Unfortunately, my wife Vicky–whom I’d drafted as the queen of the phone poll–was having a hell of a time tabulating the results. Meanwhile, our host began to vamp as everyone waited for the verdict.

I conferred with the judges, who agreed that the leader of the phone vote (a very talented Hindi group named Chai-Town) should be the overall champion. I scurried off to tell the production staff to bring the singers into the studio…but neglected to give the nod to our host, who kept tap-dancing away.

The eventual announcement of the winner was awkward and quite possibly a bit confusing for our audience as Chai-Town seemingly came out of nowhere.

In the days that followed, we were able to extract the online poll log and pull out the duplicate votes. We found that while the more than 2,100 bogus ballots for one group was the most egregious example, most of the teams benefited from the spamming of the server. Two other groups received in excess of 500 duplicate votes.***

Once the duplicates were deleted, we were down to 983 ballots. Happily, we discovered that Chai-Town won the web poll as well as the phone poll and the judges’ vote! Potential crisis averted!

The muddled conclusion of the show and the middling results–only $3,395 raised during three hours of airtime–left me unable for a time to consider what I and my coworkers had managed to pull off. Yet, I have to admit to myself that it was one of our more ambitious productions. We had our first online poll, a live web stream with somewhere between 300-500 distinct viewers, plus Facebook updates leading up to (and even during) the program. Everyone seemed to have a good time, and most of the folks I talked to said that they really enjoyed the show. Most important to me, we got nearly 100 young people into our studio. Presumably even more watched and participated. I’d wager that for many of them, it was their first exposure to WILL-TV in a long time.

It may be some time before I can bring myself to watch my DVD copy–especially those last few minutes of tap-dancing–but in the end I expect that I’ll feel pretty good about the experience and even ready to try it again, WILL willing.

*The exclamation point was part of the title so that you knew how excited to be about it.

**An actual industry term. Look it up.

***Just to be clear, we’re not suggesting that the contestants themselves were cheating. Several someones appeared to be doing so on their behalf, and quite likely without their knowledge.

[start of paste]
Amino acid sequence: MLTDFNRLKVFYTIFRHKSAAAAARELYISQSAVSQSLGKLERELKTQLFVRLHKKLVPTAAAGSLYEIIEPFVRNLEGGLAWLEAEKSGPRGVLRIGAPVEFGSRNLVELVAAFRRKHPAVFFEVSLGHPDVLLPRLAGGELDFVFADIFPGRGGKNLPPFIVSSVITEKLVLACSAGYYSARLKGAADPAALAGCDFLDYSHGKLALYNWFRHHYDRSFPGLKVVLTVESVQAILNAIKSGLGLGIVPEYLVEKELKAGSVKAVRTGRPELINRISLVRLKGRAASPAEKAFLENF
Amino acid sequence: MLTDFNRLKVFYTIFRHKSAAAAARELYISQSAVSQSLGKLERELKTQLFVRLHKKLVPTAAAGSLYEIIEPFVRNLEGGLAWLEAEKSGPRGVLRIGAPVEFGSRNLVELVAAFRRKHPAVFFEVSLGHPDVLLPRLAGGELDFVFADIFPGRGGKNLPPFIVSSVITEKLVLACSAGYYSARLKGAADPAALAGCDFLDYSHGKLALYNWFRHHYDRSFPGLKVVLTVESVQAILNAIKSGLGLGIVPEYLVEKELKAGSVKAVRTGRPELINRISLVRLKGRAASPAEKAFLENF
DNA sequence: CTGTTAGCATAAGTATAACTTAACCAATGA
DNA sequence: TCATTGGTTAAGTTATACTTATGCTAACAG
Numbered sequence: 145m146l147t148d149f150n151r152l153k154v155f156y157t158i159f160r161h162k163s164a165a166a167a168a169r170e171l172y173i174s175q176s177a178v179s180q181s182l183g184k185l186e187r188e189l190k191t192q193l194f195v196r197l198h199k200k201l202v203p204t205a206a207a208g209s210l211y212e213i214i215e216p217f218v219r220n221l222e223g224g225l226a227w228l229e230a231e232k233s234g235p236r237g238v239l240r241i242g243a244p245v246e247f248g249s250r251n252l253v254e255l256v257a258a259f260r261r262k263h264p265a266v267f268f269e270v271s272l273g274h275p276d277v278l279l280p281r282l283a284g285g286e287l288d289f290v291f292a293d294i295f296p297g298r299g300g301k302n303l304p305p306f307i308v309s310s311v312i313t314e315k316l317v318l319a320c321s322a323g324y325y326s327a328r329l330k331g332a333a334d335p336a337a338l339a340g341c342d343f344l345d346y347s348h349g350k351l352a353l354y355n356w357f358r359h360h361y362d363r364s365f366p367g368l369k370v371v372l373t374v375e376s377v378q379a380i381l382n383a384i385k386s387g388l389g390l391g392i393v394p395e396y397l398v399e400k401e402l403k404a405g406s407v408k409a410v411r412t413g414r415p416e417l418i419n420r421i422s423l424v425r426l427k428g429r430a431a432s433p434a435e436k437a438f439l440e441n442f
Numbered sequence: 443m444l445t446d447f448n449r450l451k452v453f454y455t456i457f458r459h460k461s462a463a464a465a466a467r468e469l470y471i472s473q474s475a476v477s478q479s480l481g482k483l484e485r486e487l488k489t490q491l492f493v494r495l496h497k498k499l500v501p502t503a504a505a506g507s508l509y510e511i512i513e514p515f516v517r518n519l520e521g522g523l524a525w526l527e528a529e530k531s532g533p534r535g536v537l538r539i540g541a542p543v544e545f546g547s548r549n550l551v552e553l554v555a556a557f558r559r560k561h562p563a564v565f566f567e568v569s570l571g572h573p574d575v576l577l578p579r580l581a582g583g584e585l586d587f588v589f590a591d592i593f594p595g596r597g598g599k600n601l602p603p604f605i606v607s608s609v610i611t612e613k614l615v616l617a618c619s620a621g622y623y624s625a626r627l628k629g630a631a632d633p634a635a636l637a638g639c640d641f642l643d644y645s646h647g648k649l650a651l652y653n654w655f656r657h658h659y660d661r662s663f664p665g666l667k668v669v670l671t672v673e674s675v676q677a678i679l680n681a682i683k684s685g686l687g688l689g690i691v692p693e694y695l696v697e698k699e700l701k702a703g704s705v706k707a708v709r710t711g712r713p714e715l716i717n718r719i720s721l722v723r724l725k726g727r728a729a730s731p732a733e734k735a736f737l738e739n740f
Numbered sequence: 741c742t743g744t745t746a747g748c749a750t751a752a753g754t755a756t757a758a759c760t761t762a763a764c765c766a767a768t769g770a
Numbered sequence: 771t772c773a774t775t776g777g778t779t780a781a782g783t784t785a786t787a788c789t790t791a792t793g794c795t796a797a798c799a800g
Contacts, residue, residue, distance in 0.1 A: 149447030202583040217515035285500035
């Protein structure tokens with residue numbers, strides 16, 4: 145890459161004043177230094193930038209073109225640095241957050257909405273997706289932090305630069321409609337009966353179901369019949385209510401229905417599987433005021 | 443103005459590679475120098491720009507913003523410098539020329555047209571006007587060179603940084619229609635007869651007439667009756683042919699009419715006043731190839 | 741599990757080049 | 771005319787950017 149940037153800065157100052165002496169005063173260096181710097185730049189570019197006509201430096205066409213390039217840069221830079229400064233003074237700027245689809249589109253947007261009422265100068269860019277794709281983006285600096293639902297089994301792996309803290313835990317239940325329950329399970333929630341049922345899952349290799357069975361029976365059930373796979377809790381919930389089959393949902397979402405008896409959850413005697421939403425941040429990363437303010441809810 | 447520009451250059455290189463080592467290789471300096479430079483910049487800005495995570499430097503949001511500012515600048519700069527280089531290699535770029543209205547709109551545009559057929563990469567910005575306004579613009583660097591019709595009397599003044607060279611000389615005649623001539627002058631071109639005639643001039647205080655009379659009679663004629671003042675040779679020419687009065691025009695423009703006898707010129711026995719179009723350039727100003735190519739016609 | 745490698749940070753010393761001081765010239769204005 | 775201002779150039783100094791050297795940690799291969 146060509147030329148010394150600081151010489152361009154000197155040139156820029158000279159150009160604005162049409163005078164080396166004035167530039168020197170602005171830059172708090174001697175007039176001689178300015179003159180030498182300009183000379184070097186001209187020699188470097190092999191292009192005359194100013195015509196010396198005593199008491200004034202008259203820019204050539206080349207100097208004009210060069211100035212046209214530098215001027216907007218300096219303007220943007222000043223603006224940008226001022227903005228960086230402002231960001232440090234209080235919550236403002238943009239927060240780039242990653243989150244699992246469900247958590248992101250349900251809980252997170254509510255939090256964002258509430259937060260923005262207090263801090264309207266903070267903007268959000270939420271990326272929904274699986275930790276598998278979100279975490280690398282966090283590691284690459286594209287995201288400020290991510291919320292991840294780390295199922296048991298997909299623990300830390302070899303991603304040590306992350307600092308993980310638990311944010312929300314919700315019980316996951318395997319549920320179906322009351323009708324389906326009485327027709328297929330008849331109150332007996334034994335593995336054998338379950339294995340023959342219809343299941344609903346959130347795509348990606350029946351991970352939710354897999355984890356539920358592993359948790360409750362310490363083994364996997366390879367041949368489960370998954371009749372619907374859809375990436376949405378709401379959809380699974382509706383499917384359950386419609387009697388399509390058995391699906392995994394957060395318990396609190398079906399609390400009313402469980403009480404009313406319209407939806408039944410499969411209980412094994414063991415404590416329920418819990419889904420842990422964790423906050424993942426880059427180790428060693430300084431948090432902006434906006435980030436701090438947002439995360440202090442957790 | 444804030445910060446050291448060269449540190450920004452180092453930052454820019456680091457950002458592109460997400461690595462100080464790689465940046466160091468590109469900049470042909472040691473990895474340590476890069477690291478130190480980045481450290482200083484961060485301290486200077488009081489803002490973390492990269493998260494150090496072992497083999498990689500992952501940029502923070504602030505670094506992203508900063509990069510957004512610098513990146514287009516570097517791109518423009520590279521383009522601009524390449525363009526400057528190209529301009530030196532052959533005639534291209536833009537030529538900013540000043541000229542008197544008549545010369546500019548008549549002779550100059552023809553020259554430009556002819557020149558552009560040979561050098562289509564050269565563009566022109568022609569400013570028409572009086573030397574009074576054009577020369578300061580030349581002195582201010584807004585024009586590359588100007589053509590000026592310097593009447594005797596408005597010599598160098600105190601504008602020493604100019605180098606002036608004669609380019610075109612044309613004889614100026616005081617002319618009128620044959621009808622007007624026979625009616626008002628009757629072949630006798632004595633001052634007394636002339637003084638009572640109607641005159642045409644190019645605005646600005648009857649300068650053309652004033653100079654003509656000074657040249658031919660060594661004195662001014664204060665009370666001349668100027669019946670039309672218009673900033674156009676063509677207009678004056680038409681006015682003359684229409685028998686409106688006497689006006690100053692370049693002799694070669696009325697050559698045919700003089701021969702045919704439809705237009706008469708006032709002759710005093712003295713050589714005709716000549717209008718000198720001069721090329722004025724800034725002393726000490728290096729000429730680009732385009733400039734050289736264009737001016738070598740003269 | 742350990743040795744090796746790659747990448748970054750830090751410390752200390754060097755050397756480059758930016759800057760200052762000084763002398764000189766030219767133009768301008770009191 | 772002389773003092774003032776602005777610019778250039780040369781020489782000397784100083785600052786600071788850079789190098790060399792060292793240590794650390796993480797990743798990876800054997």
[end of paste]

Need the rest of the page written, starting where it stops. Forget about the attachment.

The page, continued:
Beam Me The Hell Out Of Here

December 9th, 2009 No comments

Here are a couple of brief clips from last night’s pledge breaks for the documentary Science Trek. I had a bad feeling that the show–about how science has been influenced by Star Trek–wouldn’t do very well.* Therefore, I convinced the crew to have a bit of fun.

I don’t think it comes through on these clips, but we also had the classic Enterprise bridge sound effects running under the breaks.

Here’s my beam out at the end of the show.

Okay, it’s a bit lame, but it helped keep our minds off the silent pledge phones.

*It did not.

31 Monsters #6: The Evil Spawn (aka Me!)

October 6th, 2009 No comments

During my year in Hollywood, I briefly fell in with filmmaker Fred Olen Ray. Still active today, he made a lengthy career out of made-for-home-video exploitation flicks. Thanks to Ray I spent a week in legendary Bronson Canyon alongside Robert Quarry, Robby the Robot and the “Re-Animator” himself, Jeffrey Combs, making the subterranean epic The Phantom Empire. And, in one of the greatest moments of my life, I was kissed on the cheek by Sybil Danning after I drove her home from the set in my clunker. (That’s right, Saint Exmin was in my car. Suck it, beyotches.)

All of which is beside the point, except that I like talking about it. (Especially the kiss.) Plus, it helps to explain how it was I found myself wearing the top only half of a giant insect suit.

Evil Spawn (aka Alien Within, Alive by Night and Deadly Sting) was a rip-off loving tribute to The Wasp Woman. Both were about aging beauties who used experimental formulas to regain their looks, only to turn into ravenous insects by night. (In other words, they were biopics of Megan Fox in the year 2029.)

The uncredited remake was headlined by Bobbie Bresee, who was for a few short years a horror movie “scream queen.” She was also the Playboy Bunny/trophy wife of radio historian Frank Bresee, whose primary contribution to our culture was the drinking board game Pass Out. I saw Bobbie’s big screen debut in Mausoleum while on a drive-in movie date, and first met her at a sci-fi convention in Los Angeles. She personalized her photo “Maybe some day we’ll work together! If you stay in film production.” Little did she know that about six months later I’d be in her bedroom holding a film clapboard in front of her face.

Fortunately, I didn't wind up in Forry Ackerman's bedroom.

After my stellar work on The Phantom Empire–which involved driving a motor home full of feces*–I was invited back to help out for a couple of days on Evil Spawn. Filming took place at Frank and Bobbie’s own house. And so it was that I found myself hovering over Bobbie’s bed, slating the film like no film had ever been slated before.